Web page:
A volcanic eruption in southwestern Iceland appears to have subsided, though scientists are warning that the area may experience further eruptions in the coming months.
Iceland’s Meteorological Office said late on Thursday that the eruption had decreased significantly.
It began at about 6am local time on Thursday in the area northeast of Mount Sylingarfell, the country’s Met Office said.
It prompted the evacuation of the popular Blue Lagoon thermal spa and cut off heat and hot water to several communities on the Reykjanes Peninsula in southwestern corner of the island.
Prime Minister Katrin Jakobsdottir said authorities hope to restore hot water to the area by midday on Friday, national broadcaster RUV reported.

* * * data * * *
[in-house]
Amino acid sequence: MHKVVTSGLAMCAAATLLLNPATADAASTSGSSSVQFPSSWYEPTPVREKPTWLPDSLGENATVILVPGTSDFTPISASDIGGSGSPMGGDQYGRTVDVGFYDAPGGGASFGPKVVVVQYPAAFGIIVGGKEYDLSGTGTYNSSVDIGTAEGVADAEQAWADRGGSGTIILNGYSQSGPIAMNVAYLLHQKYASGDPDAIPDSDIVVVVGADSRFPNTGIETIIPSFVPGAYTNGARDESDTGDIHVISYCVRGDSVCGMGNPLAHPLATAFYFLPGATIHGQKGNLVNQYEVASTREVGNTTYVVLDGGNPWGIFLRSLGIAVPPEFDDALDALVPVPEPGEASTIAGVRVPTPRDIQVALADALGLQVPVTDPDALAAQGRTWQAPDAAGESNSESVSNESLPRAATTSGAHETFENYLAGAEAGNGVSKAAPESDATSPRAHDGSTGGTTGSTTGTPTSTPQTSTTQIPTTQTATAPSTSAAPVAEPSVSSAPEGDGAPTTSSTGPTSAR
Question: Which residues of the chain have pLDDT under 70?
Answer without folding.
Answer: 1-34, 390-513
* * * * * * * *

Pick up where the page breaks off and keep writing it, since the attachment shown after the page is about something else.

The eruption site is about four kilometres northeast of Grindavik, a coastal town of 3,800 people that was evacuated before a previous eruption on December 18. The town was not threatened by Thursday’s eruption.
Benedikt Ofeigsson, a geophysicist at the Icelandic Met Office, told RUV that the area can expect an eruption every month or so over the next few months.
“In the long term, it’s very difficult to say, but in the short term, the next months, we will probably continue to see repeated magma intrusions and eruptions,” he said.